Additional evidence underscoring the significance of Bamberg as a hub for empirical educational research is the establishment of Germany’s largest socio-scientific educational project, the National Educational Panel Study (NEPS), in Bamberg. The project examines educational processes and competency development in Germany beginning in early childhood and extending into advanced adulthood. NEPS oversees six panel studies which begin in various stages of life. These panel studies are supplemented by additional cross-sectional studies. NEPS regularly makes its most recent data available to the national and international scientific communities in the form of so-called anonymised Scientific Use Files. This data provides a rich and diverse analysis potential for various academic disciplines dealing with education and training processes (such as demographics, educational science, economics, psychology and sociology), and this in turn creates a basis for improved education-related reporting and political consulting in Germany. Hans-Peter Blossfeld, the Bamberg sociologist, invested many years in preparing the study. In 2009, NEPS was ready to be launched as a project funded by the Federal Ministry of Education and Research (BMBF).
Competence has an impact, and it is always on the lookout for new partners and cooperative opportunities. NEPS, in academic and scientific terms, is therefore a trans-regional project. Research institutions from all over Germany participate in the success of the project as a consortium and as cooperation partners.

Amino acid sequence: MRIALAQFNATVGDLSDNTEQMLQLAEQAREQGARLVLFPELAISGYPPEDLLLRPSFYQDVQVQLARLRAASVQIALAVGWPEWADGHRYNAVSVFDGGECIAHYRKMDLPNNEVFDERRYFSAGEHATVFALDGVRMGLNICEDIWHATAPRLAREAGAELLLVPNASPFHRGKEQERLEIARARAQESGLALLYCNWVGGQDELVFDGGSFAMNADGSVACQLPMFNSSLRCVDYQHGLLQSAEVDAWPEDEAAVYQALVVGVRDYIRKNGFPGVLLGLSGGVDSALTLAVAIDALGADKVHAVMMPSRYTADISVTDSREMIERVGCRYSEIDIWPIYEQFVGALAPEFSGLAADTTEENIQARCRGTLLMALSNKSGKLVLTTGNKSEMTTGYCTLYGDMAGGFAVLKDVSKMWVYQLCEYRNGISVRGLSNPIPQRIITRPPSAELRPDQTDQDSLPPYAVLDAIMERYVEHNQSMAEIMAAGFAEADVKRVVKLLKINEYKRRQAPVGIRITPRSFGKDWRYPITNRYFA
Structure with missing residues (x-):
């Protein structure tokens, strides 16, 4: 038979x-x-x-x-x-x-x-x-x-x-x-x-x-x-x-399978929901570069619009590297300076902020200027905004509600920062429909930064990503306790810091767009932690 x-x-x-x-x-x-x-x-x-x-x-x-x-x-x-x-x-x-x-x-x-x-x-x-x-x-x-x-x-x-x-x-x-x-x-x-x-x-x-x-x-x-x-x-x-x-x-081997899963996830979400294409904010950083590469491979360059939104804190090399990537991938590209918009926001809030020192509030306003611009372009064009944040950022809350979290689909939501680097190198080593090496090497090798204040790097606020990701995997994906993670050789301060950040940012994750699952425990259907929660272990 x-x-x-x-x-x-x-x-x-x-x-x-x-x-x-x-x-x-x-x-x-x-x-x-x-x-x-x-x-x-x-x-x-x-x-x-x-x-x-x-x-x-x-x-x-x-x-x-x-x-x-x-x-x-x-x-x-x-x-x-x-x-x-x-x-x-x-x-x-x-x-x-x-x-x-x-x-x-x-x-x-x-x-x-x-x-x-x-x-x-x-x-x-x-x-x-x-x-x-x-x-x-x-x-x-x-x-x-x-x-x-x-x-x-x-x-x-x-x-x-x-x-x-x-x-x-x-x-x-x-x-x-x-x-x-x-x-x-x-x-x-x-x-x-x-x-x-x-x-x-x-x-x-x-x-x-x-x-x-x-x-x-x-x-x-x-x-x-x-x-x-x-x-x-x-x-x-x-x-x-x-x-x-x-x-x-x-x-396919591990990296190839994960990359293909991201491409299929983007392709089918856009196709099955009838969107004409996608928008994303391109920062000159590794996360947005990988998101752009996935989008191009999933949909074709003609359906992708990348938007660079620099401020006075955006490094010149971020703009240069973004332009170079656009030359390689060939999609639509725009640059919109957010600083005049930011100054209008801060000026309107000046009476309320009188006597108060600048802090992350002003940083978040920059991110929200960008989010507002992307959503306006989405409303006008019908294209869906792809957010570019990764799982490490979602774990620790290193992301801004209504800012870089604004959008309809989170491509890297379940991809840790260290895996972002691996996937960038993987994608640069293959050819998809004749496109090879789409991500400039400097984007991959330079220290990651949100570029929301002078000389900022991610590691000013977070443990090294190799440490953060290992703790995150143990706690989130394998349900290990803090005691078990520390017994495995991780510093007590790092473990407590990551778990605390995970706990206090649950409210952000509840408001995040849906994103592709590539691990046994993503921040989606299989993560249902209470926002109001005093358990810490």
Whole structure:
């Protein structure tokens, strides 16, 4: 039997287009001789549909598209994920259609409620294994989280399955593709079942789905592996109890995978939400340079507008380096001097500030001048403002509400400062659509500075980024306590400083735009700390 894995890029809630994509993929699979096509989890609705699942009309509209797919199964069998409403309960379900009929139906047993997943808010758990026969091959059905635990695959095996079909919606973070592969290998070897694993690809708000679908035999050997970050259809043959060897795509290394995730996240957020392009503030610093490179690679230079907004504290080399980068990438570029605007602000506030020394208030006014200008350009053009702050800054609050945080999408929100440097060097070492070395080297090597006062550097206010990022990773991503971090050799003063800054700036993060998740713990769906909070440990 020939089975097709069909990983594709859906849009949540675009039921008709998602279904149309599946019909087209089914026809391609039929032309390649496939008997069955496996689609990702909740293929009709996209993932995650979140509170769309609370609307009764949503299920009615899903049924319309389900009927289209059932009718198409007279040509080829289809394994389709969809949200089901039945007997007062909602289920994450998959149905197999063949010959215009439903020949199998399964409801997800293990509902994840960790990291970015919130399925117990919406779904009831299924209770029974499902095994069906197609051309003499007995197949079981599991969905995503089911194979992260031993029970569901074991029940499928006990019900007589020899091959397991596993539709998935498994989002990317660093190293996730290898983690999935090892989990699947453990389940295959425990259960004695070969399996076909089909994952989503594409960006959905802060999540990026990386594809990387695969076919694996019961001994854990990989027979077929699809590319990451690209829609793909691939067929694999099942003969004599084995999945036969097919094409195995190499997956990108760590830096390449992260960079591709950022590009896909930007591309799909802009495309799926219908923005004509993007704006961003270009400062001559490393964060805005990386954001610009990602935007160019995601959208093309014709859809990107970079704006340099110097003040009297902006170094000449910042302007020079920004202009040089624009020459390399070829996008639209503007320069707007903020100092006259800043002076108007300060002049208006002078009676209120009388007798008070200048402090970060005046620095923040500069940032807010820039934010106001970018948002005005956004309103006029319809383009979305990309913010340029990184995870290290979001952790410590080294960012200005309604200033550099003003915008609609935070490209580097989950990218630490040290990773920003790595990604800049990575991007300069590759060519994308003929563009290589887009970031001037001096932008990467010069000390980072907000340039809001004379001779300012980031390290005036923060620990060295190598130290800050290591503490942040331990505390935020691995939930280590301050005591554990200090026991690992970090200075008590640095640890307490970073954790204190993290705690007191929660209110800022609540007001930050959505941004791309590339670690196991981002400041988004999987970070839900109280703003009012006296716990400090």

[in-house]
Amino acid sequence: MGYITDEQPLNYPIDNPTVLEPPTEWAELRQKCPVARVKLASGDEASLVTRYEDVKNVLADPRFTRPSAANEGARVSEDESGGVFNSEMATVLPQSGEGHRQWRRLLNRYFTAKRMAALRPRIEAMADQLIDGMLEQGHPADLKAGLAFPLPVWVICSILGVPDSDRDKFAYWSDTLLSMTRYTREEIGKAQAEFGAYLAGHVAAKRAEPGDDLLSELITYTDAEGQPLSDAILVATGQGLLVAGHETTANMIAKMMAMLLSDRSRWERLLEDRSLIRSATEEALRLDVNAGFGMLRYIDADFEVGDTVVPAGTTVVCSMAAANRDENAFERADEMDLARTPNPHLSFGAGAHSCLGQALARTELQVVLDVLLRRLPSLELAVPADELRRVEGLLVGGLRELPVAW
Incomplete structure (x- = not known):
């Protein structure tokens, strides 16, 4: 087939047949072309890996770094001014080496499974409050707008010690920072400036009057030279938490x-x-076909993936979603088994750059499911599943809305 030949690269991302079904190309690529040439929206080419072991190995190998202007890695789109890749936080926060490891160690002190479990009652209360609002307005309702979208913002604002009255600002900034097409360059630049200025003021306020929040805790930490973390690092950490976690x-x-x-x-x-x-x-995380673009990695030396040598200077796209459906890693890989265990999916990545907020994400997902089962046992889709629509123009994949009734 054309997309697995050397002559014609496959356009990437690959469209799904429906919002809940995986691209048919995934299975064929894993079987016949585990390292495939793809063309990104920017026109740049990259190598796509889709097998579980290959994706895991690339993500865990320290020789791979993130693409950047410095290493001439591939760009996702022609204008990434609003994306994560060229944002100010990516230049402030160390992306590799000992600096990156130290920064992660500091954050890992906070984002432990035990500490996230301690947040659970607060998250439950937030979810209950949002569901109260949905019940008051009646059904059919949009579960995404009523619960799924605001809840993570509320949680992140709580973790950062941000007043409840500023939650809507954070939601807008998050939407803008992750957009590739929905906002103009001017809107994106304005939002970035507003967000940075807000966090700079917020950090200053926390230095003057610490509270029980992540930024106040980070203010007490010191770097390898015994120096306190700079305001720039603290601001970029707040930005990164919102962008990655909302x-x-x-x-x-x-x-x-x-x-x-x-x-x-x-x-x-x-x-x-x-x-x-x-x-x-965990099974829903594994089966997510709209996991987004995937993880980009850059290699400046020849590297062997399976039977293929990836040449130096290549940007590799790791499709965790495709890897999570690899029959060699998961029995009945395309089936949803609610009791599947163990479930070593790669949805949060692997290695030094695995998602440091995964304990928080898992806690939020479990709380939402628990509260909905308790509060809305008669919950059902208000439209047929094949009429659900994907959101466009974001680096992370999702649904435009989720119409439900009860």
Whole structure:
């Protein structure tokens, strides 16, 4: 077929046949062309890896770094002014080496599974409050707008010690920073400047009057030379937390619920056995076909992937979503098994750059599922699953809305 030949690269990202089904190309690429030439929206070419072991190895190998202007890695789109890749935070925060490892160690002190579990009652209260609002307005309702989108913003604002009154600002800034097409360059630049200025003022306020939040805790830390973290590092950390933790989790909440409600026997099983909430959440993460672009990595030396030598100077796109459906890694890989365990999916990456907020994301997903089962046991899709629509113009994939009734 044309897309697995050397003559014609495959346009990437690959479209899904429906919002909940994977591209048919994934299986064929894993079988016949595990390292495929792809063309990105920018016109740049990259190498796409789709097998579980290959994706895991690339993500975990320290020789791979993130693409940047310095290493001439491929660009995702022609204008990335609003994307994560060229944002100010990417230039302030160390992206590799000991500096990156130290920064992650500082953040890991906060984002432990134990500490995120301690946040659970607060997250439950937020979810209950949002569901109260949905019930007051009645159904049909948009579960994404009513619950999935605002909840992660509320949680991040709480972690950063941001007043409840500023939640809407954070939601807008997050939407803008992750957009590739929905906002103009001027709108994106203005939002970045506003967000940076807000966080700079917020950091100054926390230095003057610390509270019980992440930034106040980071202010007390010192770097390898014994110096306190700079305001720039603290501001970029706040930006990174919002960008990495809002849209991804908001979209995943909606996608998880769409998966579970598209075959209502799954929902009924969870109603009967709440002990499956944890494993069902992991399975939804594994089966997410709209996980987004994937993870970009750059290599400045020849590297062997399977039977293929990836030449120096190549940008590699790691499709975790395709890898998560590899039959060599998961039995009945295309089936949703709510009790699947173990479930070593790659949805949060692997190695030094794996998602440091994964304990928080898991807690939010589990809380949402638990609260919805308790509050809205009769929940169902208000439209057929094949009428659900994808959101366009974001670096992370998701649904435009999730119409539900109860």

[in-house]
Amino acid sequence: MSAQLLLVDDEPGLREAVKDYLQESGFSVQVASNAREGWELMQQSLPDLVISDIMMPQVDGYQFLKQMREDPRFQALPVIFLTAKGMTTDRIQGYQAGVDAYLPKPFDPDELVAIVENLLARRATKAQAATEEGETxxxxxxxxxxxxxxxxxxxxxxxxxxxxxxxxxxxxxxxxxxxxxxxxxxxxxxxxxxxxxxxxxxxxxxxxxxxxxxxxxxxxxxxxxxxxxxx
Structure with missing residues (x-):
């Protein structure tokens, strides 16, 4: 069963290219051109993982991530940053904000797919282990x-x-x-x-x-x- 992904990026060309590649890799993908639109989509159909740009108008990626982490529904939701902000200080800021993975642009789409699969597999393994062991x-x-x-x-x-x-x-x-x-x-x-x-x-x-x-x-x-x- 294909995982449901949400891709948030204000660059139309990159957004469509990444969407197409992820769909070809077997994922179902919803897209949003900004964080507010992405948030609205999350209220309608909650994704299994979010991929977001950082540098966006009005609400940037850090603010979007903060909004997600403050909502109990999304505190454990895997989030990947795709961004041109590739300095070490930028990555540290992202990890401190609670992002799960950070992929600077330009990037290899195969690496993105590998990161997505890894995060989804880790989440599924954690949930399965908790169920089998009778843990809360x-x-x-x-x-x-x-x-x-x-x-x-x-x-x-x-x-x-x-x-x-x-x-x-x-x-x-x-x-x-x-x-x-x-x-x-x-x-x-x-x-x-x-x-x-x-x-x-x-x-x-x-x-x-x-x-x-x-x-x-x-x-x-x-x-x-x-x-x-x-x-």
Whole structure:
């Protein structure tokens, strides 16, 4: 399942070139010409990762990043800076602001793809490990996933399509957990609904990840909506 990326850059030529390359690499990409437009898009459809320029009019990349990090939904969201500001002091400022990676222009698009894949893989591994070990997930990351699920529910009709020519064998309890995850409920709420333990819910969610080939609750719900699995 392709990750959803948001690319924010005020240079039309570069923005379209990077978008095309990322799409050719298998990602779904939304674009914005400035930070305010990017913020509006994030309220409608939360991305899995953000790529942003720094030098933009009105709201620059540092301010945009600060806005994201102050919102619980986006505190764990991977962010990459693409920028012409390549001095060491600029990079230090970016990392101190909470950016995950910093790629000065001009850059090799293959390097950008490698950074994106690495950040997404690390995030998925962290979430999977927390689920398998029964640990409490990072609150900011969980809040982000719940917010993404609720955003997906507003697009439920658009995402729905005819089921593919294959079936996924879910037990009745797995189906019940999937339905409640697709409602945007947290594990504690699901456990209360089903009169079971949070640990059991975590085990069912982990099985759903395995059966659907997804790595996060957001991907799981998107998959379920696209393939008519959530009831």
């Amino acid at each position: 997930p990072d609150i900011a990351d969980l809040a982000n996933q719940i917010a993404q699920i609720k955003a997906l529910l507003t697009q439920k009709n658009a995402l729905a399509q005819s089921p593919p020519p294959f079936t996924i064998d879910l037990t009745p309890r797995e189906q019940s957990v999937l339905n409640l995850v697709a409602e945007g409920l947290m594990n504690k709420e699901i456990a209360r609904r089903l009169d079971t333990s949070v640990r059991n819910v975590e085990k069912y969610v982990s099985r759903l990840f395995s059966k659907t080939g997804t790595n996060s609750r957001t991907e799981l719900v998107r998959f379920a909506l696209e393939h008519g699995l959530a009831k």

Robert Erikson, the internationally renowned social stratification scholar, sociology professor from the Swedish Institute for Social Research (SOFI) in Stockholm and member of the Royal Swedish Academy of Sciences, is involved in the development of NEPS in his role as chairman of the internationally staffed scientific board. Thus it has been possible, not least thanks to the international support, for NEPS to be converted from a fixed-term project to a stable research institution with permanent financing. Since the beginning of 2014, NEPS has been run by the specially created Leibniz Institute for Educational Trajectories (LIfBi) at the University of Bamberg. In addition to the administration of NEPS, LIfBi is also Incorporated in the PIAAC-L study, the cooperative, longitudinal follow-up to Germany’s PIAAC study (Programme for the International Assessment of Adult Competencies) in Germany. Furthermore, LIfBi carries out locally focused research projects like the BiLO study (Educational Landscape of Upper Franconia).